As I sip my morning tea on this last Saturday before Christmas, I am listening to Andy Williams sing “It’s the most wonderful time of the year.” My newspapers, however, are filled with reports and analysis of President Bush’s $17 billion bailout of Detroit, Madoff’s alleged $50 billion affair, U.S. unemployment edging closer still to the dreaded 9% level, and the cautioned expectation that the Obama administration will right all the wrongs.  I turn to the editorial pages and find write-ups on how difficult it is to predict what 2009 has in store when virtually no relevant history exists to guide the editor’s thinking. As the thought strikes me that “reading the tea leaves” is obviously not the editor’s strong suit, I instinctively glance at my tea cup and realize that there are no tea leaves for me to read – the strainer I used to restrict their journey from the teapot to my teacup has done a fine job.

And then, I remembered the December 16 business meeting at the Biltmore Hotel where I had ordered hot tea and received a tiny pot of lukewarm water and a large, heavy wooden box that contained over 20 different teas in their tiny bags wrapped in large colorful plastic bags.  How very different the Darjeeling tea (from the teabag) at the Biltmore had been in comparison with my 2004 Afternoon Tea at the Ritz Hotel in London where the Darjeeling tea had been brewed at the table using loose tea leaves! Wanting to find out if the Ritz was keeping up the tradition, I pulled out my iPhone and sent an email, much to my wife’s annoyance at the disruption to our hour-long weekend morning tea ritual together. Twenty minutes later, I received a reply from Amy Michel of the Ritz Hotel that read “With regard to your enquiry, the Traditional Afternoon Tea is brewed at the table from ‘loose tea leaves’ only.” I smile and I wonder how many other high-profile establishments still brew tea from loose tea leaves in the United Kingdom or, for that matter, anywhere in the western world.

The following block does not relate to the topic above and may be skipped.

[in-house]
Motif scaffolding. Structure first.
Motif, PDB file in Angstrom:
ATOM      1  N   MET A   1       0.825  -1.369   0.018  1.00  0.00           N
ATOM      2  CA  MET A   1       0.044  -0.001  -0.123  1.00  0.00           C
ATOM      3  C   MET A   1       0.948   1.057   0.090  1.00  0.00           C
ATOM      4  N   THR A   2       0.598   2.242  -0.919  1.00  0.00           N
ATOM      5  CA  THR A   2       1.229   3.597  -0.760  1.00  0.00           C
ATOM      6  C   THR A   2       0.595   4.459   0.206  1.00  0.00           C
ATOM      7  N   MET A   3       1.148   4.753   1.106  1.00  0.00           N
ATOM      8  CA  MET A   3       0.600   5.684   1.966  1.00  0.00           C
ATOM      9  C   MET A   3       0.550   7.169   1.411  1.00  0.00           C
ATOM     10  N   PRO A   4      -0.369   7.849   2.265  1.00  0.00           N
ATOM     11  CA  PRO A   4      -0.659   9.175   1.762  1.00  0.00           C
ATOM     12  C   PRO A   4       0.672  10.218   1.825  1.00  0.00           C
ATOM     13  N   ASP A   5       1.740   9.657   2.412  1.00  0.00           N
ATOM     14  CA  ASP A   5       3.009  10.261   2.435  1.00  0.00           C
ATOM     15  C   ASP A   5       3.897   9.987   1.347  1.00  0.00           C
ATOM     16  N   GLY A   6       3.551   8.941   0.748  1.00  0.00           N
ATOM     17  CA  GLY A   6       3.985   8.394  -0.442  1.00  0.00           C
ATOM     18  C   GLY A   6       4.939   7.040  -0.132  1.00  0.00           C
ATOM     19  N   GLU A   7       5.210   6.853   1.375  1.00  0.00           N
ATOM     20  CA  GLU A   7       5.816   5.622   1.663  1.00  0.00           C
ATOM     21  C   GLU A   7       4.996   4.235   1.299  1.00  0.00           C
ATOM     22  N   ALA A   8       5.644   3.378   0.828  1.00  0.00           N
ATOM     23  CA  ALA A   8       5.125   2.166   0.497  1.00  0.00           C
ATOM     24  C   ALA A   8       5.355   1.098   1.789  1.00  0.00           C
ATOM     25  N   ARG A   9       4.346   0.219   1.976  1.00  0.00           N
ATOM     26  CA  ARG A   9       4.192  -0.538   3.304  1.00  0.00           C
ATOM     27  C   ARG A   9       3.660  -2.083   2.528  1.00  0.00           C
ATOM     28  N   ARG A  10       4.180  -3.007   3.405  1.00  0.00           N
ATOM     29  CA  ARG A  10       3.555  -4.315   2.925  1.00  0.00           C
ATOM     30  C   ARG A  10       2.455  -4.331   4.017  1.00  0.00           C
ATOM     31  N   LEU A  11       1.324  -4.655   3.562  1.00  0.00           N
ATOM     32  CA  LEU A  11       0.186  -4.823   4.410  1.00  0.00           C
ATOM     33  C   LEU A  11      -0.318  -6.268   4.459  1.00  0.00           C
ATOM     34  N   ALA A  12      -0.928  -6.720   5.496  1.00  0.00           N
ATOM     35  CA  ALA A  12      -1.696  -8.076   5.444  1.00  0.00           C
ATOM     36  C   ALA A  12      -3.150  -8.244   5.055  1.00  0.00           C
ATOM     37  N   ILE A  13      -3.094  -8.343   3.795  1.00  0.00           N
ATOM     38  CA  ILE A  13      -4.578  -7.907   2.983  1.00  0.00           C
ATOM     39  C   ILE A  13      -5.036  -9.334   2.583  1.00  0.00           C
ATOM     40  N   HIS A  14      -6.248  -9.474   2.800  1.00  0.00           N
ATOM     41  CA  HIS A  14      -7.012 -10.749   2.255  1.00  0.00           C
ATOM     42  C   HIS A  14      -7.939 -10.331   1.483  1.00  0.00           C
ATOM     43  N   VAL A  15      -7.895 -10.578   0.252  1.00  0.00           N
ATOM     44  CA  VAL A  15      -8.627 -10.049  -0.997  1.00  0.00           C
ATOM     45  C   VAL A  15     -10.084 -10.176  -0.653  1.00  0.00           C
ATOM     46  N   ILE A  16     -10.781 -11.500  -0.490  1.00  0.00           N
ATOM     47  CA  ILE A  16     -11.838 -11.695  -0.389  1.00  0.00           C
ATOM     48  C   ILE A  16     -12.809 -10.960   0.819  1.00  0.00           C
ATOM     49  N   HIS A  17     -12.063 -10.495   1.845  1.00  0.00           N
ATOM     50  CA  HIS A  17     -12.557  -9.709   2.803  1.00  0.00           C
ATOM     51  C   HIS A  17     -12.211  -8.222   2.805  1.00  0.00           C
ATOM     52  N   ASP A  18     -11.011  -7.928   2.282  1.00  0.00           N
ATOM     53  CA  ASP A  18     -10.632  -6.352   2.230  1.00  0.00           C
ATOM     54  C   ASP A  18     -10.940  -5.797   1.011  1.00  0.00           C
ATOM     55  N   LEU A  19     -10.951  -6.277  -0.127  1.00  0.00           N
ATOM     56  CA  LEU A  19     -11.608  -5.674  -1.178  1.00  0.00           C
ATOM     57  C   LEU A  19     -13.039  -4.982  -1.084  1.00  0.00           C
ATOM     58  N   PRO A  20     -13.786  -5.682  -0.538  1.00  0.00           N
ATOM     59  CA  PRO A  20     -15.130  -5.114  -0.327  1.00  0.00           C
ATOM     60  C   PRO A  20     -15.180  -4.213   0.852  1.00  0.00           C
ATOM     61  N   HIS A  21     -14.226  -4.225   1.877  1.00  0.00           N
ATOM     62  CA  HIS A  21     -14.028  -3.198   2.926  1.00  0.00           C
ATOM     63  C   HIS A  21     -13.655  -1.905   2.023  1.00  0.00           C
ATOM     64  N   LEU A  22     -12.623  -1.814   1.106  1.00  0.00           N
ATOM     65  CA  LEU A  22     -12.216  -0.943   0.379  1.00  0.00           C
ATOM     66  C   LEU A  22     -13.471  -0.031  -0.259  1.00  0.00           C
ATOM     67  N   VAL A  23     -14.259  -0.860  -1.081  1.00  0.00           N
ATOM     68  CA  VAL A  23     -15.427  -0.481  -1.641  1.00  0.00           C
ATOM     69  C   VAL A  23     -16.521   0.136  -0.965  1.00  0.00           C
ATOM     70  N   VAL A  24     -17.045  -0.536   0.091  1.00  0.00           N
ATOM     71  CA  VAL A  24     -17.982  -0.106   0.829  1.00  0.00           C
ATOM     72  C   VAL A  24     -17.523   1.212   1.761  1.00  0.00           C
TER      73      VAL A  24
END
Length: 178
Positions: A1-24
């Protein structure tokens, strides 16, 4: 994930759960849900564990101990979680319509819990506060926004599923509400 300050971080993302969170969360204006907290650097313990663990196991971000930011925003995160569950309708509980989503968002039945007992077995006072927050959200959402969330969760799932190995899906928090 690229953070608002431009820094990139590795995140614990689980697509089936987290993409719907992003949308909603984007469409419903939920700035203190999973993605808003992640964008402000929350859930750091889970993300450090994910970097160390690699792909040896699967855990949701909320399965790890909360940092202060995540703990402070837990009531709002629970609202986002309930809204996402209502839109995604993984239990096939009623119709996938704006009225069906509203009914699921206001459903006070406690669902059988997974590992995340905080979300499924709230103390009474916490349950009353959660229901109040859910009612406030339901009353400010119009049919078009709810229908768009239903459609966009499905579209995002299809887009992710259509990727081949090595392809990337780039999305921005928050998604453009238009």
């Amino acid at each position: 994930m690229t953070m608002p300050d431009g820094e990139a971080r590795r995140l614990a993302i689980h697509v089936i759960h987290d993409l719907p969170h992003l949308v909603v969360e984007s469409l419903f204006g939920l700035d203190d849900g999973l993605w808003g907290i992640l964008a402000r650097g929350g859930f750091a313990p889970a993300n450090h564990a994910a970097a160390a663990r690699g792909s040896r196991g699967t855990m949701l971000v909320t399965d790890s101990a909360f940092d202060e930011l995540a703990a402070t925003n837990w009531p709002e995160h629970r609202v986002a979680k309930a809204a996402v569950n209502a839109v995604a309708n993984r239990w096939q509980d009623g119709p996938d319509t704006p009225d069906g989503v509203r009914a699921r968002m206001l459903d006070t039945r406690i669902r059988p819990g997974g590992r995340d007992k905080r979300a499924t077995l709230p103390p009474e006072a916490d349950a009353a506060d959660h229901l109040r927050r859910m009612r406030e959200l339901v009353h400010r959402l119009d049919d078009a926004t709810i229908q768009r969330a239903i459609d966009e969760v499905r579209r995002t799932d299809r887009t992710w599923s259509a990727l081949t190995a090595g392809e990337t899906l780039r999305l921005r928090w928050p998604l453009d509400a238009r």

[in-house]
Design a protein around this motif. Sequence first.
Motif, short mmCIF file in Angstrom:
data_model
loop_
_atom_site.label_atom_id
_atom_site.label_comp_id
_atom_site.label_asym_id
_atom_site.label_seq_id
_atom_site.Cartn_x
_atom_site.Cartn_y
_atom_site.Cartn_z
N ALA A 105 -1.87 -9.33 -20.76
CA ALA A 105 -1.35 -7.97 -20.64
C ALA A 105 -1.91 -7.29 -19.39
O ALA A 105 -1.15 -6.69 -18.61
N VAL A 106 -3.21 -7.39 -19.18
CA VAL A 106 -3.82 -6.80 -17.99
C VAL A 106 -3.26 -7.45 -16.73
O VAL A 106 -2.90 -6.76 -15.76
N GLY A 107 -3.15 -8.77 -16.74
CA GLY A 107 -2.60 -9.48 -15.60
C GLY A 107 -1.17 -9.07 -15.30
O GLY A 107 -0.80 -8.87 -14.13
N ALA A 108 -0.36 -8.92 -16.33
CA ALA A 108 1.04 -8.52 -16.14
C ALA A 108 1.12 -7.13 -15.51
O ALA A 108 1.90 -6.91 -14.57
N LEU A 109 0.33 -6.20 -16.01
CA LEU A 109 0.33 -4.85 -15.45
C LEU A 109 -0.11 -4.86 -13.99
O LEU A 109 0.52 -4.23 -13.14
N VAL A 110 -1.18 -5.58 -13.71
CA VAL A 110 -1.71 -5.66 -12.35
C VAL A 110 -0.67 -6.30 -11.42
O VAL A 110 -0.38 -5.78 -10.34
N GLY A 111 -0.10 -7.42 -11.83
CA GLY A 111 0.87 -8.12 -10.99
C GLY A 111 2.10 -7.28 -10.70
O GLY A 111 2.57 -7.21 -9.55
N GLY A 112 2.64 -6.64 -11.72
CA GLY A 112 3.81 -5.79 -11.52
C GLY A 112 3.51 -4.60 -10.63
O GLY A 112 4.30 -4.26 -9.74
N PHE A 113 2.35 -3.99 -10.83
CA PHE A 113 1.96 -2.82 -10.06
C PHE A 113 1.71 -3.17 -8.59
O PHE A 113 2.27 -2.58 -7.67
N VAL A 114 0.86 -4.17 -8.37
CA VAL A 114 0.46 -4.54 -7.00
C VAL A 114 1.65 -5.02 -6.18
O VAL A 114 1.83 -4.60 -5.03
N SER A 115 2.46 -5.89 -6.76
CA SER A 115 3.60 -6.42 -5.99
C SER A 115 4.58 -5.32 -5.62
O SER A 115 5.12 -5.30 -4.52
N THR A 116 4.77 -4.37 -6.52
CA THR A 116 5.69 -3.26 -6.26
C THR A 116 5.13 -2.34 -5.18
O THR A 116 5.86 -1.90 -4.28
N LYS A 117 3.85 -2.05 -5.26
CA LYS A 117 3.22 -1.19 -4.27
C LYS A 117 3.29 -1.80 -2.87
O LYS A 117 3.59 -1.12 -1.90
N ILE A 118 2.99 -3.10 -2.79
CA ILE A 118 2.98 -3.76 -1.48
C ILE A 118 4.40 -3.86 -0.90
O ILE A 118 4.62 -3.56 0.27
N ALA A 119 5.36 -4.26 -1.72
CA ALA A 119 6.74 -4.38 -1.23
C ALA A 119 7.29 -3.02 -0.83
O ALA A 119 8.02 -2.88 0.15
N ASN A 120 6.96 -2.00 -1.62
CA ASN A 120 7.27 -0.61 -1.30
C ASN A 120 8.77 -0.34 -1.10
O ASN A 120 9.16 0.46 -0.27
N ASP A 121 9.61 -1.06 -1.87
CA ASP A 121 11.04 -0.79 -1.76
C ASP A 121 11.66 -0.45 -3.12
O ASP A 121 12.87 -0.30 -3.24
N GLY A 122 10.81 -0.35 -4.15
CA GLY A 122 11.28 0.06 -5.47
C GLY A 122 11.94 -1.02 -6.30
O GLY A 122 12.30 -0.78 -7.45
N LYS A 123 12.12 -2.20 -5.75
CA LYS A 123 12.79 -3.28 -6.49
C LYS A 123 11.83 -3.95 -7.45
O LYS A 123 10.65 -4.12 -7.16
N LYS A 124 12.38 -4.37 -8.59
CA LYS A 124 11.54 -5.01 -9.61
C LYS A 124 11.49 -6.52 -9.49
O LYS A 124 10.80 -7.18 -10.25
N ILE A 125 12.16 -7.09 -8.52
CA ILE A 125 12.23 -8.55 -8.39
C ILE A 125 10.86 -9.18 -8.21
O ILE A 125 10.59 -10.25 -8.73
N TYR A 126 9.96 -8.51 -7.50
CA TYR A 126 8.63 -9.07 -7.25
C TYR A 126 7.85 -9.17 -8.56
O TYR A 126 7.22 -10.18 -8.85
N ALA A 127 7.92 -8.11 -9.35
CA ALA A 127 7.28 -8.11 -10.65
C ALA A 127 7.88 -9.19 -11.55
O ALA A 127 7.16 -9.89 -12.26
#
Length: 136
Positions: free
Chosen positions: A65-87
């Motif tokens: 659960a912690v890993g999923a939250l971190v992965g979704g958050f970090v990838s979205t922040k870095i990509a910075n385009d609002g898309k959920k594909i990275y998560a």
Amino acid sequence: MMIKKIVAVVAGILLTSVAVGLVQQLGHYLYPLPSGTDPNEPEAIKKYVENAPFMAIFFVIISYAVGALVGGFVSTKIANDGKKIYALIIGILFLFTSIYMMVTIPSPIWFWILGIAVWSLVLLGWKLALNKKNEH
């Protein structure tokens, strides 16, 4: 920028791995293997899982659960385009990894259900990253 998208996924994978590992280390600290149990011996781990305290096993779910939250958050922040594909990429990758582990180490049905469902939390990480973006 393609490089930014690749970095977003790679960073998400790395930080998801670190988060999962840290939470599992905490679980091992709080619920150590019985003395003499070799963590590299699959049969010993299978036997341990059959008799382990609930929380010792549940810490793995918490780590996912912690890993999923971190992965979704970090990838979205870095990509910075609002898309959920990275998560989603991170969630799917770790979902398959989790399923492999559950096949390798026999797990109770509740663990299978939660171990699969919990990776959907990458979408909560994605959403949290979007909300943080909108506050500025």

The tea bag is, of course, the reason why the art and science of Tasseography (tea leaf reading) has died in the West.  The precursor of today’s ubiquitous tea bag was created over 100 years ago, as publicized in Macy’s Winter 2005 Big Red Book, by the store’s coffee buyer, a Mr. Thomas Sullivan, who used tiny silk sachets to send samples of tea leaves instead of loose tea wrapped in paper. This act nearly cost Mr. Sullivan his Macy’s job when recipients of the silk bags made very public and loud protests about the dark liquid, with a distinctive and unappetizing aroma, that was produced when the silk bag was immersed in boiling water.  The protests came to an end when the recipients realized that they were supposed to cut the beautiful silk sachet and empty only its contents into a teapot. And, in another of life’s little ironies, Mr. William Hermanson of Technical Papers Corporation, got named the inventor of the paper teabag we use today, after he patented it in 1930 while working in Boston.

While Tasseography might not have assisted the editors of my newspaper to make predictions on what 2009 would bring, I do wonder if we humans are any good at predicting the future. I think this is precisely why the Oracle, Nostradamus, and their ilk kept predictions more than a bit vague. To me, it is just a matter of whether you believe that major forces shape the future or whether individual persons can make a huge difference. Voting in favor of the latter, I plan to continue, with newfound vigor, my participation in my community. I believe we together will make a wonder-filled and joyous 2009 for each of us, even while the financial collapse of 2008 unfolds around us, if we just make the time to share a pot of hot tea made at the table with loose tea leaves.